Call it 'If Central Park is central then this is Lower Hemisphere Park' : )
Rebuilding in low-lying areas in New Orleans parallels.
I consider it foolish squandering of resources.
So build the green hill and make sure it slopes gently for most of the peripheral area to allow for future housing. It may as well have a good 'climb', or two, to provide extra fat-burning opportunities for park visitors.

I think it's naive to think that prime NYC realestate will having anything less than bldgs on it....Maybe we'll have a monument too but it will certainly not be at the expense of rental income!

After all, this is America....and I think we believe in capitalism first.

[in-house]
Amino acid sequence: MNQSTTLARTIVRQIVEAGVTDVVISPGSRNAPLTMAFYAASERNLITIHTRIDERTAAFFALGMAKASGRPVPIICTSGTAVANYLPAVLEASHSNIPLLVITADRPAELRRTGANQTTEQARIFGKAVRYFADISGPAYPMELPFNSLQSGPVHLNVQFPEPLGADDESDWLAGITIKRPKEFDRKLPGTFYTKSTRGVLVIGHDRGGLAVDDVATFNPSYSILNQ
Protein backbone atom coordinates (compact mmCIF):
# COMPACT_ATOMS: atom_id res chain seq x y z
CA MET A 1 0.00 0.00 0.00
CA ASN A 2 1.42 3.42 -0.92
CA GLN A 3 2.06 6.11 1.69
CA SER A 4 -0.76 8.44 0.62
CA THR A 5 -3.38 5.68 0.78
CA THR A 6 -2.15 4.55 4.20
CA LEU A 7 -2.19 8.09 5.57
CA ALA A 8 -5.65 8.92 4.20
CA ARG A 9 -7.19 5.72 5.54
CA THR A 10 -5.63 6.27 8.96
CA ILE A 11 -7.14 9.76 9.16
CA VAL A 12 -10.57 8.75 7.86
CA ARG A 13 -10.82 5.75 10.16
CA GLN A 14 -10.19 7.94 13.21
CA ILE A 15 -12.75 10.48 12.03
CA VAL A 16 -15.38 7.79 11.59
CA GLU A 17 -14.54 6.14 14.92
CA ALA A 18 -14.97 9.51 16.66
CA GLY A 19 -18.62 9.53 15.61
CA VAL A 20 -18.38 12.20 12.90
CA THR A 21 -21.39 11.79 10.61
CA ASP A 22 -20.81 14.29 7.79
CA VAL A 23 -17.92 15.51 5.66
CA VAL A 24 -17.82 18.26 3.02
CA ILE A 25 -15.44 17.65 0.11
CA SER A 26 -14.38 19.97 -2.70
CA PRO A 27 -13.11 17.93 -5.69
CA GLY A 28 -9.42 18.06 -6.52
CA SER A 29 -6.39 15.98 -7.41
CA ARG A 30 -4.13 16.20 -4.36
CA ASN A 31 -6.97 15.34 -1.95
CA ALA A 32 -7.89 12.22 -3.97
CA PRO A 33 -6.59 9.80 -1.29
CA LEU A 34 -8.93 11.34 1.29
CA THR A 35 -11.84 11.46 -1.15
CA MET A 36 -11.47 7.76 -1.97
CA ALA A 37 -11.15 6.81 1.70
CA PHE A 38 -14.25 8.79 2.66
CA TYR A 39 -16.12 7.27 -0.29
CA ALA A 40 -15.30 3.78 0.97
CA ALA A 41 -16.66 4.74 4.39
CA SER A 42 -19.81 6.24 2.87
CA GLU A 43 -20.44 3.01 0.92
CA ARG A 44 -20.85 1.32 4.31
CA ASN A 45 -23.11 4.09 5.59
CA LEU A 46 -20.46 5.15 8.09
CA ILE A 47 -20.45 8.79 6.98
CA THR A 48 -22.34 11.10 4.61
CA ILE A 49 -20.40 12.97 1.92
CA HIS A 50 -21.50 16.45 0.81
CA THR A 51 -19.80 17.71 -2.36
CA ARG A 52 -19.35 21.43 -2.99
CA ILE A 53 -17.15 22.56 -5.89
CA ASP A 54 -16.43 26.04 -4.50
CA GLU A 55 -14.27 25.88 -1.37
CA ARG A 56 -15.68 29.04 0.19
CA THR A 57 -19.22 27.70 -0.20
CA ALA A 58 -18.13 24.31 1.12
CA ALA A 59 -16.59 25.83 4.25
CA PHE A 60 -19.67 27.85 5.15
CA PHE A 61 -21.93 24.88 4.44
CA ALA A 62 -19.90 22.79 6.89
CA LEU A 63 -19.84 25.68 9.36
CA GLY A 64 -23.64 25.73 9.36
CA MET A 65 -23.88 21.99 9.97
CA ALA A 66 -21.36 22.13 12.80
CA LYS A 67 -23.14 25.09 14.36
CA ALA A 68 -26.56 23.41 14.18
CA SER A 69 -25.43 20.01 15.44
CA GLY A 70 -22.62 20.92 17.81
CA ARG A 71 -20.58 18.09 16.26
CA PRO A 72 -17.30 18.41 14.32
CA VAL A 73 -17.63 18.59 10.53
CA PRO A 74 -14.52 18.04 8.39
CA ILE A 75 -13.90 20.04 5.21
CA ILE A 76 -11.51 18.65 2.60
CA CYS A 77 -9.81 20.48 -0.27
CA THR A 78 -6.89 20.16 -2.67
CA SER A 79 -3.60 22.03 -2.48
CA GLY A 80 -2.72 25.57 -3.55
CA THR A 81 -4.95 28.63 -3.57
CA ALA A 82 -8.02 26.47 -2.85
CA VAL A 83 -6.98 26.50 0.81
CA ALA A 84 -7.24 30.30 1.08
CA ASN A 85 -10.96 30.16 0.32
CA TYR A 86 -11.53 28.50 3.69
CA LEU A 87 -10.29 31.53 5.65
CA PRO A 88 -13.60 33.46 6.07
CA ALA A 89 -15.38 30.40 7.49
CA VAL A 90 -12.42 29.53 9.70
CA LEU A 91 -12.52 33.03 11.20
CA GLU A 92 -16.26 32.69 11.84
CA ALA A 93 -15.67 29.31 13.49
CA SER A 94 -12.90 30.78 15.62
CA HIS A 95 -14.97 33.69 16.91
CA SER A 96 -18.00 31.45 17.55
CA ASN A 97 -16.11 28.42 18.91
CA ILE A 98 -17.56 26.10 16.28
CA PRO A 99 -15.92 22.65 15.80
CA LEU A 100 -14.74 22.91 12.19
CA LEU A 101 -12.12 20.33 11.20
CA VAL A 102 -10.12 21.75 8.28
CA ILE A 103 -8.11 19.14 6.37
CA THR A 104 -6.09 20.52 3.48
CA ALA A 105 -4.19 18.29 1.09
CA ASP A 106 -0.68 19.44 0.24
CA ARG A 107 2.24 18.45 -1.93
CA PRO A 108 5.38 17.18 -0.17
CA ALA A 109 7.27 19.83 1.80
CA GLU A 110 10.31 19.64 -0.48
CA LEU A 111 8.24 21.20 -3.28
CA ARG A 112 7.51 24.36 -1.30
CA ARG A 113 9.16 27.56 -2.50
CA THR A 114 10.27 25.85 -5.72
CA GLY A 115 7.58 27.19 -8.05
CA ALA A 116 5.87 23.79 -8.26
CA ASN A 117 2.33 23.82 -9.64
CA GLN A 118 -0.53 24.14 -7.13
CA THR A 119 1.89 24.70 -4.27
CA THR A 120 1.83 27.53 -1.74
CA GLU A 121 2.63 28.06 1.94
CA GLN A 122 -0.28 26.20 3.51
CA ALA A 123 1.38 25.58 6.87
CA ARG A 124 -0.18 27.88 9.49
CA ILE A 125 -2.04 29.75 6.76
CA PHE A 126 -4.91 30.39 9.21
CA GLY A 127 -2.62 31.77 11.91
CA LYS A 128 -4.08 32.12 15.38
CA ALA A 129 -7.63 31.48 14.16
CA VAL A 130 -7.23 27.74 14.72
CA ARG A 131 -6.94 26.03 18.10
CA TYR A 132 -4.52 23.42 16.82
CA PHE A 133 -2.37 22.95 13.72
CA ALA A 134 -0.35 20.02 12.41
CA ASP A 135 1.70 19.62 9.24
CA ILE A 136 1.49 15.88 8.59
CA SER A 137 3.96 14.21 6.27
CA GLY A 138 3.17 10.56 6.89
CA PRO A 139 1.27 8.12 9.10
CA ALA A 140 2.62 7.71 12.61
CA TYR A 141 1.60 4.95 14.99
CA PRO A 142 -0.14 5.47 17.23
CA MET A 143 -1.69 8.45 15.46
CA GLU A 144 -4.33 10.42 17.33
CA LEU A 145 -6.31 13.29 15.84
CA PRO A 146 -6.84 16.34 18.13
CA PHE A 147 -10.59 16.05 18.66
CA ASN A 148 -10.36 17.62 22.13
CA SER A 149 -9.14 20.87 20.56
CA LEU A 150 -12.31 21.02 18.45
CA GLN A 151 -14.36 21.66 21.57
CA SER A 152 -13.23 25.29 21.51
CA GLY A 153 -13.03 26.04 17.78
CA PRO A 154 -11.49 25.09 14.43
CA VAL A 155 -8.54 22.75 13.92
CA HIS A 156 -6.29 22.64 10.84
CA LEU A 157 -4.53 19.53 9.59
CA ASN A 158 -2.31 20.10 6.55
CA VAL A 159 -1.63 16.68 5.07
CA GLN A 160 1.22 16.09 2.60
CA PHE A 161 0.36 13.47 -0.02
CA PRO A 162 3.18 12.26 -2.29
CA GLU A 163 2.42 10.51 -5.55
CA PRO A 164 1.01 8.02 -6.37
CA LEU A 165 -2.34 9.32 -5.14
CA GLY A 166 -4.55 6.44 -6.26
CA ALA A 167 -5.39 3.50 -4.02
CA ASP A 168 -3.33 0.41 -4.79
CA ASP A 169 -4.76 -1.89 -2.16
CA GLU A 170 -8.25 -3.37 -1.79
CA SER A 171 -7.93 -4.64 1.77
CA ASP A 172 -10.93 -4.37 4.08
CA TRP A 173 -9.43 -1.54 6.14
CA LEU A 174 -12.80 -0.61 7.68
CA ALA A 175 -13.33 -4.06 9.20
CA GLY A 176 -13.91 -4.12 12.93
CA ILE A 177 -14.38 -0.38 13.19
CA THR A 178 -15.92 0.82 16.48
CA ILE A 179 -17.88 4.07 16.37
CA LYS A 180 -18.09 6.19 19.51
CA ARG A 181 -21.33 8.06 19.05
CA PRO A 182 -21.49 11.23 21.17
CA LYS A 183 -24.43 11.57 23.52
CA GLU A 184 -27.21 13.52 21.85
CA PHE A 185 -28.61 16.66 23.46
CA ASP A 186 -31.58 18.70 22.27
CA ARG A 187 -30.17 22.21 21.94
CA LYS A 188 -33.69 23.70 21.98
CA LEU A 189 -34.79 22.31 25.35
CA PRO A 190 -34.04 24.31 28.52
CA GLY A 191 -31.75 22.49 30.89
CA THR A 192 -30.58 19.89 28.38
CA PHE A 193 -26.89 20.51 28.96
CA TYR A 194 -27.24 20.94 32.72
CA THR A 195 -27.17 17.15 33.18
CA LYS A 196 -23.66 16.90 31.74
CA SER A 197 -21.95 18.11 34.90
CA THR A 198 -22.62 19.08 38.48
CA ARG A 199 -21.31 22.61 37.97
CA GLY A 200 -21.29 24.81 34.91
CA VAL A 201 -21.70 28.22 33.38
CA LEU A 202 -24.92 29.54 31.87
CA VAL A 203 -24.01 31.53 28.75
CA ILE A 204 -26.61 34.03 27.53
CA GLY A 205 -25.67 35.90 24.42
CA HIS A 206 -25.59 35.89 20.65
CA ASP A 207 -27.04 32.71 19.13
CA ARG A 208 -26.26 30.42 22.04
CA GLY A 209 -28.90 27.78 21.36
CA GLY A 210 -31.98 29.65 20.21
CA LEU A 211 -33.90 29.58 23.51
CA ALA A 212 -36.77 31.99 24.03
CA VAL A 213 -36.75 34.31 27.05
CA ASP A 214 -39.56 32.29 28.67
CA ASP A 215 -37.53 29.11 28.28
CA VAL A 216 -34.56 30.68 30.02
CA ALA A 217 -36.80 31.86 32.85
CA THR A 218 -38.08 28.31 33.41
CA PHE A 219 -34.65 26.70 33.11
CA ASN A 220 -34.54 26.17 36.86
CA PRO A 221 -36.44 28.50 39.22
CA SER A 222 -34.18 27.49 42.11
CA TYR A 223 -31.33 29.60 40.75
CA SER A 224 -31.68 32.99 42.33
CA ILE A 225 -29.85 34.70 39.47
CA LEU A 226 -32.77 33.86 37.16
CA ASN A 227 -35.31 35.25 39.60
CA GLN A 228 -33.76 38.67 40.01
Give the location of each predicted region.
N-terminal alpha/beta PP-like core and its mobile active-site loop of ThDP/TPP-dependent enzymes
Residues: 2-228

Just to clear up any confusion, today the Freedom Center was officially removed from the World Trade Center site. To quote Donald Rumsfeld in a slightly different context, ""Freedom's untidy. Free people are free to make mistakes and commit crimes and do bad things." So we can rest assured in the knowledge that, at least on these 19 acres, untidiness will be kept to a minimum.

Miss Representation weighs in with few more choice words here.
Michael Bierut

The concept of a simple rounded plot of grass brings to mind Einstein's comments... when Einsten was asked (after witnessing the destruction of the atomic bombs that hastended the end to WWII) to speculate on the weapons he envisioned in the future, he replied something along the lines of ... "I do not know what weapons of World War III will look like, but World War IV will be fought with sticks and rocks"... if 9/11 was the foreshadowing of WWIII, then our monument may need to look like WWIV... grass, sticks and rocks.
Rick Dowell